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J Anat. Mar 1984; 138(Pt 2): 343–350.
PMCID: PMC1164074

Connective tissue changes in immobilised muscle.


The reduction in fibre length of muscles immobilised in a shortened position is accompanied by reduced compliance of the muscle. Since the intramuscular connective tissue framework distributes the forces passively imposed on a muscle by stretching, it was decided to investigate the amount and distribution of connective tissue in immobilised muscles. Biochemical analysis of the hydroxyproline content of muscles immobilised in the shortened position for different periods of time showed an increase in the ratio of collagen to muscle fibre tissue. This occurred during the first few days of immobilisation, before there was any significant loss of sarcomeres. Thus the increase in connective tissue appeared to result directly from immobilisation rather than from redistribution of connective tissue, following shortening of the fibres. A detailed histological analysis of muscle sections stained for connective tissue with Sirius Red showed that the early increase in connective tissue in immobilised muscles occurred in the perimysium rather than the endomysium, although after a longer period of immobilisation there was also a thickening of the endomysium. Ultrastructural analysis of the perimysium in normal muscle showed that the angle the collagen fibres made with the muscle fibres changed with the state of stretch of the muscle; when the muscle was shortened, the angle was larger than when the muscle was lengthened. In immobilised muscle, collagen fibres were found to be arranged at a more acute angle to the axis of the muscle fibres than was found in normal muscle; this would be expected to affect the compliance of the muscle. The experiments described indicate that the increased stiffness of immobilised muscles could result from both quantitative and qualitative changes in the connective tissue.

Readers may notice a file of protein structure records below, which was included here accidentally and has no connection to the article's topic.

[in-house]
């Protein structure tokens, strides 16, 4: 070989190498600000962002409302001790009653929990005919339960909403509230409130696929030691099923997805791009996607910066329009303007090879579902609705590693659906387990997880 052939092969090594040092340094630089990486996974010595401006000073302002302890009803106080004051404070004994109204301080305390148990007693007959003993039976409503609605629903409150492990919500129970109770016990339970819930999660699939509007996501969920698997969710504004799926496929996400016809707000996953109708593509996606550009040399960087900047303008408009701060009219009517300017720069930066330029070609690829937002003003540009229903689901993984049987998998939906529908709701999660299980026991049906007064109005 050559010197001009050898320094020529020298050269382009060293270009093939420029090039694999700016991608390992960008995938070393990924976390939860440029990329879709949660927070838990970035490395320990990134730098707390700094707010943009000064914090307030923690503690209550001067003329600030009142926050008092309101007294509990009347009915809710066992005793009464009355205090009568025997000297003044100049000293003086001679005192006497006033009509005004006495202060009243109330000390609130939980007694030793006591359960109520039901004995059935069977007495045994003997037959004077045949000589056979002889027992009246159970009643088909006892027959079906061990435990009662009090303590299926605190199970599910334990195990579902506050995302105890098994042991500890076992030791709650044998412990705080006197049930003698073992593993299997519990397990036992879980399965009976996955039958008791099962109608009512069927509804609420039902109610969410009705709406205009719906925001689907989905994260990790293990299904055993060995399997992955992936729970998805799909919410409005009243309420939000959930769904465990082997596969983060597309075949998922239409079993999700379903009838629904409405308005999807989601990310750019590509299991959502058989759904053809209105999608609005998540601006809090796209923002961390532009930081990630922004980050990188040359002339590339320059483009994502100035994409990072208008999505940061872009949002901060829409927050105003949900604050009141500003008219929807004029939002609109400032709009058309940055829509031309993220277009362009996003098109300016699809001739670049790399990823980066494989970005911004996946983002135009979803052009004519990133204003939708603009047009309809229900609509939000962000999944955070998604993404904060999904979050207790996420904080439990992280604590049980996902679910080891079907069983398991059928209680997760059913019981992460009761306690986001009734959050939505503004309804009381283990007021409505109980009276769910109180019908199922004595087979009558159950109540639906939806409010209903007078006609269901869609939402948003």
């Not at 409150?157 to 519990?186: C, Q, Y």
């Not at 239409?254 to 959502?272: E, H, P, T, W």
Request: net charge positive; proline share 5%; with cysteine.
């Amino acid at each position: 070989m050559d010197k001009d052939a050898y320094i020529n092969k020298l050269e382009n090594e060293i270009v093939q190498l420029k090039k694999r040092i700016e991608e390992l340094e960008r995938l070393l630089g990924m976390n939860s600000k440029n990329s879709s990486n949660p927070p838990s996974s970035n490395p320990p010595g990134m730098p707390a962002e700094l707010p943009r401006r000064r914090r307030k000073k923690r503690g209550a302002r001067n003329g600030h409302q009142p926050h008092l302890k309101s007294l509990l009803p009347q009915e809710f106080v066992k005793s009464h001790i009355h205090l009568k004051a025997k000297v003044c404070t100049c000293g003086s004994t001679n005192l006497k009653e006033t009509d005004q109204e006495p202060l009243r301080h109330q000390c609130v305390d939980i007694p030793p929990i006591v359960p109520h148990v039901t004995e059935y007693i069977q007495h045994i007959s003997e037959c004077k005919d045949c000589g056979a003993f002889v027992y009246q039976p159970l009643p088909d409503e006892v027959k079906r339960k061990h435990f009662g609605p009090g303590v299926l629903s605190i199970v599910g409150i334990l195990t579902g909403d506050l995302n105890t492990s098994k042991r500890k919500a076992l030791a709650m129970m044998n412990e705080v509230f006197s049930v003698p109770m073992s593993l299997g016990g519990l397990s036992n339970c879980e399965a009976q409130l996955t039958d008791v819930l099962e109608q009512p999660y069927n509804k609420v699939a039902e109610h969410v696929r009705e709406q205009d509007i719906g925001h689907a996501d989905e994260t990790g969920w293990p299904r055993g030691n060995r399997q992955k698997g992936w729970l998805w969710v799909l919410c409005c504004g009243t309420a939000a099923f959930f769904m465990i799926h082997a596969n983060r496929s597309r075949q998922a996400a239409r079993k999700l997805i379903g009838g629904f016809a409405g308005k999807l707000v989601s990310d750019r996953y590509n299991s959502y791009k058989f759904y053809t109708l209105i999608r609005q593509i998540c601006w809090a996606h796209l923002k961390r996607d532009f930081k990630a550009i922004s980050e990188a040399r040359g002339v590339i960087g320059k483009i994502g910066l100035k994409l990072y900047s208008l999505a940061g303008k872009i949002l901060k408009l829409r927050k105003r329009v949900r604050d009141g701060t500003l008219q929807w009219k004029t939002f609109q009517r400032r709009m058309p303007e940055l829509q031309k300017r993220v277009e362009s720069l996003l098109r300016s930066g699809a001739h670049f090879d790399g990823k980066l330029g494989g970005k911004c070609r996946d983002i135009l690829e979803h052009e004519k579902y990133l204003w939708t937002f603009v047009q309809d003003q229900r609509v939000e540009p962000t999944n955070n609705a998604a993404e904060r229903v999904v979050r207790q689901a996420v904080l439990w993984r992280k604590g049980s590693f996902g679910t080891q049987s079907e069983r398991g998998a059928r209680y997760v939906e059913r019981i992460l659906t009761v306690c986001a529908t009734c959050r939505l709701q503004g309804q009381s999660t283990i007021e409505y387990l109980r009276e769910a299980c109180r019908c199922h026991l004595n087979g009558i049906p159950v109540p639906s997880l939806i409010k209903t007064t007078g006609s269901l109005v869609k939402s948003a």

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Selected References

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